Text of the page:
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Oregon’s Cannabis Market Has Become Stronger During The Pandemic

Oregon's Cannabis Market Continues To Expand

This story originally appeared on MarijuanaStocks

Oregon’s Marijuana Market Continues To Grow Even During Covid-19

The state of Oregon has sustained a solid market for legal cannabis sales. Especially in the last year while in the middle of a worldwide pandemic. Projections for Oregon’s cannabis market are anticipated to grow even more. via MarijuanaStocks

Which could lead to more cannabis revenue that can then be used for the state. For instance things like rebuilding communities impacted by the war on drugs or social equity. Analysts with the state Department of Administrative Services’ Office of Economic Analysis shared their thoughts.

They stated that even with the projected winter sale of cannabis being achieved sales in the last few months have increased. This is “setting new records, even as the outlook expected sales to taper somewhat as more entertainment options reopened and employees began to return to the office.”

The report states it’s not transparent whether the sales data indicates real increases in demand for cannabis products. As well as any increased spending potential from stimulus checks. Other states that have legal marijuana markets such as Illinois have seen comparable trends in cannabis sales. Especially during this Covid 19 pandemic.

“Ultimately that is the key question mark for the outlook,” the economic analysts wrote. “Just how much will demand for recreational marijuana increase in the years ahead?”

One way they’re trying to provide good answers to that issue is federal data. This info is being documented on the percentage of the adult population who report using marijuana. In Oregon, that metric has floated around 20 percent in the last few years. Which could indicate that cannabis sales will “slow in the years ahead.”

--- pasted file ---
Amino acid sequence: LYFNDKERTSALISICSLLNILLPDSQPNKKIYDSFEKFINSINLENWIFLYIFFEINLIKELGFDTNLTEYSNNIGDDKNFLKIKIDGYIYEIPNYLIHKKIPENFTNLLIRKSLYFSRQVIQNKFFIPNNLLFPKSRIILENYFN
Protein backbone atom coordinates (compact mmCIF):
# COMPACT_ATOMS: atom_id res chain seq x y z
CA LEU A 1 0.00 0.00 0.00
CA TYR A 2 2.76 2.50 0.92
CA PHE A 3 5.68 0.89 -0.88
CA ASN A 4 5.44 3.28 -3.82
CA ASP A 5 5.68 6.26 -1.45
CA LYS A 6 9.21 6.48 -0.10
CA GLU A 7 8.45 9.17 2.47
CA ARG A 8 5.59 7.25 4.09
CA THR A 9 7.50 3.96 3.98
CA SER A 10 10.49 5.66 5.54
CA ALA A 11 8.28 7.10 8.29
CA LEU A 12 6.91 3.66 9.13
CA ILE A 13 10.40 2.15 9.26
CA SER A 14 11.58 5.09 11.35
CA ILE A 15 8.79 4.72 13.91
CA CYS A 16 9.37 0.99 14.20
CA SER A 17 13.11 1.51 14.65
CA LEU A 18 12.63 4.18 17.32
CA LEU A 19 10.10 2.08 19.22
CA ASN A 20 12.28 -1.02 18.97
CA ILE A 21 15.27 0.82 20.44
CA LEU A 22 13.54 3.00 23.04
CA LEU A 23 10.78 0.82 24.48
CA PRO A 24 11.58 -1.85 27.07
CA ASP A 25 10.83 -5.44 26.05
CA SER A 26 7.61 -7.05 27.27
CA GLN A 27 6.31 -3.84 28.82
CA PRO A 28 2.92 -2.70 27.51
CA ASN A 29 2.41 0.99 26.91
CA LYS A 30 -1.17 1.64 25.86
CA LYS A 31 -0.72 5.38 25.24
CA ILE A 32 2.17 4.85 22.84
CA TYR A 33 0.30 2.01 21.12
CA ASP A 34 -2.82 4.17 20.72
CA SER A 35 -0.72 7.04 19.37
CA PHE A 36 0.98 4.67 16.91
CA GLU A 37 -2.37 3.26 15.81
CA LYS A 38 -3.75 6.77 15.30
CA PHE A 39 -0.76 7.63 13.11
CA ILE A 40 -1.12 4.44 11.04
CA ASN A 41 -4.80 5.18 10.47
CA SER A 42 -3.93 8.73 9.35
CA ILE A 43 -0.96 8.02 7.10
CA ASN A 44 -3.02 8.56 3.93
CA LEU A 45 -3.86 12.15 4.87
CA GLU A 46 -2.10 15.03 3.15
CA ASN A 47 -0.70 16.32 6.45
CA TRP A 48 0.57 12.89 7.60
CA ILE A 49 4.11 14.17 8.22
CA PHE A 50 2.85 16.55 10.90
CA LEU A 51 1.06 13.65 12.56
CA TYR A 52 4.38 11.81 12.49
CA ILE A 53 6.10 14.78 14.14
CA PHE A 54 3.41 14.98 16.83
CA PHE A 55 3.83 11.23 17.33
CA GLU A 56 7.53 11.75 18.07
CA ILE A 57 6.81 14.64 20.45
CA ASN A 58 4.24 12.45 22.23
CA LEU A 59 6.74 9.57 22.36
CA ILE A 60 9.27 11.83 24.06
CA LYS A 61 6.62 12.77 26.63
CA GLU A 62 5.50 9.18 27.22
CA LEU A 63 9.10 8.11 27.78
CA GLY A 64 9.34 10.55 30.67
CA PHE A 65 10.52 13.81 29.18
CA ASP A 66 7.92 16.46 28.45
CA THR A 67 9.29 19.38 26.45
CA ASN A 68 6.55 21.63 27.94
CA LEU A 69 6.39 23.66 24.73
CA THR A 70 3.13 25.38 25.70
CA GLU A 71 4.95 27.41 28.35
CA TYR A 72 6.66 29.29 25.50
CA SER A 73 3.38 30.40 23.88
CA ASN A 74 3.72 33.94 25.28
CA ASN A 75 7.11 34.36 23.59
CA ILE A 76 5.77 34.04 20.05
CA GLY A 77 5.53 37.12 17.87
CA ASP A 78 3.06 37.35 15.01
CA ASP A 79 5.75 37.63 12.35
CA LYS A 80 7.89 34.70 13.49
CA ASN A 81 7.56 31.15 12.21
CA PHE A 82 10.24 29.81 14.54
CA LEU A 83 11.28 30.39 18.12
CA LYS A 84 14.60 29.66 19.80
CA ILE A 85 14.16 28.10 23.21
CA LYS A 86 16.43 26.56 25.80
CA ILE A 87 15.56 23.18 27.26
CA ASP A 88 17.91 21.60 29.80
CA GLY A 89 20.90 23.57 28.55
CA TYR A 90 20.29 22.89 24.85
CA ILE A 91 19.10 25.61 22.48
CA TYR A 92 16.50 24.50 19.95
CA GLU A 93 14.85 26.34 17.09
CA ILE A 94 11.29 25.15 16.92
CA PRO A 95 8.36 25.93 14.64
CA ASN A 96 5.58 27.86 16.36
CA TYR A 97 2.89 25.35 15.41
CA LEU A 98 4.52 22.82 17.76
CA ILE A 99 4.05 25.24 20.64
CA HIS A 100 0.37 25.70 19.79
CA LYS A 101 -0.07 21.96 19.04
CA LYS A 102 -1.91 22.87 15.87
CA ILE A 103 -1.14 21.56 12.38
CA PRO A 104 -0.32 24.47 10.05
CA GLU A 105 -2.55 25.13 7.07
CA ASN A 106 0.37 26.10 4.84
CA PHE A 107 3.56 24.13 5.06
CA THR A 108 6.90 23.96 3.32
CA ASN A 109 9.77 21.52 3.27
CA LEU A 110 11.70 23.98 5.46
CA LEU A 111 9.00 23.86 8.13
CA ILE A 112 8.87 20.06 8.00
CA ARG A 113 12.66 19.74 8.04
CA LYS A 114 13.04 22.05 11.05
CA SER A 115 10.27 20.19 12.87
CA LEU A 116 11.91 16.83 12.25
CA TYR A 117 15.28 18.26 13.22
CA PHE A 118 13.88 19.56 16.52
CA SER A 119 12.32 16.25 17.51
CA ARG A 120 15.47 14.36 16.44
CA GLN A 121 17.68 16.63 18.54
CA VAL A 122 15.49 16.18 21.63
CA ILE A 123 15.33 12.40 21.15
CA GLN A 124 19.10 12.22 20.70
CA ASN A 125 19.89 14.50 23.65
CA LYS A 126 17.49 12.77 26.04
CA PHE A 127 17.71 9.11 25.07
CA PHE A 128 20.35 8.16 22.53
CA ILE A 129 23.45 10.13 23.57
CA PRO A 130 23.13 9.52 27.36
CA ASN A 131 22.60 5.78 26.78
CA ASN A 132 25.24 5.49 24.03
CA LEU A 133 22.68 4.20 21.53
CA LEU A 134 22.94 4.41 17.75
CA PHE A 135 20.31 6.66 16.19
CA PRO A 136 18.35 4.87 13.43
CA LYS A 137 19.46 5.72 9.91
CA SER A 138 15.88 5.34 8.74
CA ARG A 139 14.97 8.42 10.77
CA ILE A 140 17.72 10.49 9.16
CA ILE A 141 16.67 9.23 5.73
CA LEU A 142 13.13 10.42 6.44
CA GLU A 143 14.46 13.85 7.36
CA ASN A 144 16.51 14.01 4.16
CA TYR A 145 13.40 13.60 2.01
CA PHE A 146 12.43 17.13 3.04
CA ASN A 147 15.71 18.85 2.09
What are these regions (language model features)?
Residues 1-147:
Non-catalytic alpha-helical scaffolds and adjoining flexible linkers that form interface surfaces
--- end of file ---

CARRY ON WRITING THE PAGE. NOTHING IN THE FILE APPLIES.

[Read More] These 2 States Are On Course To Generate Large Amounts Of Revenue From Legal Cannabis Sales

More Progress For Oregon’s Cannabis Market

So with this, the report states that due to it being a federal survey and marijuana is still federally illegal, that information could be bias. Overall, the analysts said they foresee short-term sales to “remain elevated due to the ongoing pandemic, strong household finances, and an economy with entertainment options that are not fully reopened.” As those pandemic-related factors continue to be corrected through the fall, sales “are expected to taper,” it continues.  oregon-marijuana-tax-revenue

The growth of long-term sales is projected to increase, the report states, except “maybe not for the reasons you may think.”

“Previous forecasts called for relatively minimal growth in the years ahead as the recreational market matured. While that assumption fundamentally remains the same—the outlook does not build in any large increases in usage rates or increases in the customer base—growth is raised due to the underlying gains in the economy,” it states.

“Previous forecasts implicitly assumed some combination of sales declining as a share of income, and recreational prices would continue to decline.”

[Read More] Illinois Is On Its Way To Make Over $1 Billion In Legal Cannabis Sales This Year

Final Thoughts On Oregon’s Cannabis Market

With more people increasing the population in the state in conjunction with increased salaries, this can also improve long-term, increased demand. The current forecasts for cannabis tax revenue that Oregon will produce in the 2019-2021 biennium is about $304 million. That will continue to rise each biennium. Which could possibly reach $462 million in 2027-2029, the analysis says.

“The bottom line impact is available recreational marijuana revenues are increased,” the projection states.

Staying on the subject, a portion of the tax money made from legal cannabis is helping to fund different programs. This tax revenue would help with the expansion of substance misuse treatment in the state. Which should develop further as voters adopted a drug decriminalization initiative last year. This bill has measures where some of the marijuana tax revenue would be allocated to support those services.